PROVING THINGS 1O2: FAILING TO PROVE CHANCE OF RECONCILIATION
A claimant in a fatal accident claim does not have to prove an entitlement to a dependency claim on the balance of probabilities. The court can, in appropriate cases, look at the case on the basis of loss of chance, assessing the percentage likelihood of dependency. This approach was considered and applied by His Honour Judge Freedman (sitting as a High Court judge) in the judgment today in CC v TD  EWHC 1240 (QB).
(A general introduction to the law relating to fatal accidents can be found on my Fatal Accident blog – available here).
The Claimant’s husband was killed in a road traffic accident. At the time of the accident the couple were living apart and the wife had filed a divorce petition. One of the issues in the case was the prospect of reconciliation. If there was a prospect of the couple reconciling this had a significant impact on the overall award. The claimant contended that there was a strong likelihood of reconciliation.
The judgment sets out the legal test.
- Until the decision of the House of Lords in Davies v Taylor  AC 207, it was thought that the legal test, in these circumstances, is whether the claimant is able to establish that it was more likely than not (i.e. on the balance of probabilities) that the parties would have reconciled. However, in Davies the House of Lords held that the test for a claim by a dependant under the Fatal Accidents Act was whether there was a reasonable expectation of pecuniary benefit from the deceased, which, in the case of a separated couple, meant that the claimant had to show some significant chance that there would have been a reconciliation. Significant chance or prospect was to be contrasted with mere speculative possibility. In the event that the court concludes that there was a substantial possibility of a resumption of cohabitation, then the next stage is to assess, in percentage terms, the prospect of such reconciliation. Such percentage then falls to be applied to the amount of dependency which would otherwise have been awarded to the claimant.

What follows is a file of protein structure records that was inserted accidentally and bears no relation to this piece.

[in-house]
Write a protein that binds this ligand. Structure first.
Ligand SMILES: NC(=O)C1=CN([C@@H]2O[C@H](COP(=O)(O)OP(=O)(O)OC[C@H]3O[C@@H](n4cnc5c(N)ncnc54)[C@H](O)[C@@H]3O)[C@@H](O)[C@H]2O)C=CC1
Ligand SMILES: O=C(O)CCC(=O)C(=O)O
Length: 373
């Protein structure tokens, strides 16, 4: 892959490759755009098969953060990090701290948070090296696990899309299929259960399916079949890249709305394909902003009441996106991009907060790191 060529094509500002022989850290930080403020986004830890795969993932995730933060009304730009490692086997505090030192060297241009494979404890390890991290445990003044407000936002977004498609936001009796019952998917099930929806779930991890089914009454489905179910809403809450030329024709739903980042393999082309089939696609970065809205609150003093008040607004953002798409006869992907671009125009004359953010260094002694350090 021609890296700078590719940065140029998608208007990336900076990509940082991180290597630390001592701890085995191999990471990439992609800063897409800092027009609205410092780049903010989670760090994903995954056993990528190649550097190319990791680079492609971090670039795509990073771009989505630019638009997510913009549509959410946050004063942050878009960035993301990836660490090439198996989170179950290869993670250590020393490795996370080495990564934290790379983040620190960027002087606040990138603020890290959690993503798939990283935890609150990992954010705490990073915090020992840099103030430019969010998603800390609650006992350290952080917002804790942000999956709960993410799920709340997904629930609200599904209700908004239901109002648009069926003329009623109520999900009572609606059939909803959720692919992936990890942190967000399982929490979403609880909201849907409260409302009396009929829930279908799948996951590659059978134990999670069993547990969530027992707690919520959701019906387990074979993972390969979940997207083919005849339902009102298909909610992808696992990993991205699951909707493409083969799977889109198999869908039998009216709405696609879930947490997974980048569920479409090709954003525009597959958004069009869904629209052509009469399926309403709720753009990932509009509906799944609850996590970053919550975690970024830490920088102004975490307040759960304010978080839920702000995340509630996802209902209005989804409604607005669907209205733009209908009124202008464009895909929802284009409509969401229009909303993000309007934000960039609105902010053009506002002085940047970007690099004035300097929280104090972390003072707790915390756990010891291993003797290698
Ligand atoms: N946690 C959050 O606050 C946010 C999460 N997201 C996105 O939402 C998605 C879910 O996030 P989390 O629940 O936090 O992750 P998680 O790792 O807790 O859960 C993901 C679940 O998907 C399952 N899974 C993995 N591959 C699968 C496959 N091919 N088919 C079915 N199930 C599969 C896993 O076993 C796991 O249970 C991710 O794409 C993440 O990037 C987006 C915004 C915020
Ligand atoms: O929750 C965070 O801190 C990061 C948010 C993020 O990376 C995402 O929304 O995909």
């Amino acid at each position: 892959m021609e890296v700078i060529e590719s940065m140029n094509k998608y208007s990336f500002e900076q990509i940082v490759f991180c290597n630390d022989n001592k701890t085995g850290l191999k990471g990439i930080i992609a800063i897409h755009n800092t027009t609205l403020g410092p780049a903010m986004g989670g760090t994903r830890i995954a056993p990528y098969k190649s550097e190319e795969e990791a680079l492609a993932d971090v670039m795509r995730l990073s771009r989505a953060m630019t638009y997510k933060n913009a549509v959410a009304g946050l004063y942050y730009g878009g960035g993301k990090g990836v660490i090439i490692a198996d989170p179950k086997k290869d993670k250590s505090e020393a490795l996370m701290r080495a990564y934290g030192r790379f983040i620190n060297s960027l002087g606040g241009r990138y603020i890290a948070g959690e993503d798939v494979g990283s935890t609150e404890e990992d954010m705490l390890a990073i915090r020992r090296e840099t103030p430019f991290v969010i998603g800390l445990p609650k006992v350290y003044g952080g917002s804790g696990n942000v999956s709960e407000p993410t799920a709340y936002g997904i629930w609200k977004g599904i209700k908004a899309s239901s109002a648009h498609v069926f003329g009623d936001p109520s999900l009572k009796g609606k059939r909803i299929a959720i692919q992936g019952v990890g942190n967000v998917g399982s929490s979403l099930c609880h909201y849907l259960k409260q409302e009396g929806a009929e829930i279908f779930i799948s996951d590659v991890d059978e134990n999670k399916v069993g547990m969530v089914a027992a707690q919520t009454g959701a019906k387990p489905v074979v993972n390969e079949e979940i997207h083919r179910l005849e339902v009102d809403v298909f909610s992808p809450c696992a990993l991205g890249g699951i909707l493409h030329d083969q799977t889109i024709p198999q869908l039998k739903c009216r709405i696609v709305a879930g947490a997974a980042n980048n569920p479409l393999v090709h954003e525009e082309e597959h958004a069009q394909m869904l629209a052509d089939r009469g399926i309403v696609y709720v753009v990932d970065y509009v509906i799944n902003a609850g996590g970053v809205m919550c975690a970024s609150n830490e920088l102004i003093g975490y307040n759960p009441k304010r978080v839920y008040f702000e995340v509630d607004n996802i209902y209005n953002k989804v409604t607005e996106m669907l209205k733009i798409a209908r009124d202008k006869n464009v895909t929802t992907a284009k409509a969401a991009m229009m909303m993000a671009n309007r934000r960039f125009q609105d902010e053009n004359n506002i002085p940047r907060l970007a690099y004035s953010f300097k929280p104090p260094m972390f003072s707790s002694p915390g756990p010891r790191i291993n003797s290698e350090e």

COMMENT ON THE LAW
There is a danger that the term “significant chance or prospect” could be viewed as a very high barrier. In fact the House of Lords phrased the test slightly differently. Lord Simon, in the Davies case, preferred the term “substantial” and “not merely fanciful”.
“So, too, in the instant case. Bridge J, was misled into thinking that it was agreed that the correct test was whether he was satisfied that it was more likely than not that the appellant and the deceased would resume cohabitation – the only basis on which the appellant could prove loss of dependency. But this is one of those cases where a balance of probabilities is not the correct test. If the appellant showed any substantial (i.e. not merely fanciful) possibility of a resumption of cohabitation she was entitled to compensation for being deprived of that possibility. The damages would, of course, be scaled down from those payable to a dependent spouse of a stable union, according as the possibility became progressively more remote. But she would still be entitled to some damages down to the point where the possibility was so fanciful and remote as to be de minimis.“
A “substantial” case could still be one where there was a less than 50% chance of reconciliation. The term “significant” should not be read to mean “greater than 50%”. If this construction were to be adopted then there would be no point in having the test. A claimant is entitled to damages “down to the point where the possibility [of reconciliation] was so fanciful and remote as to be de minimis.”
THE JUDGE’S FINDINGS
The judge found that there was not a significant chance of reconciliation.
I remind myself that it is my task to analyse the evidence objectively and dispassionately. Whilst, of course, I can, and do have regard to what the Claimant now says about whether she would have gone through with a divorce, of necessity, I must closely scrutinise what was happening within the marriage at the material time.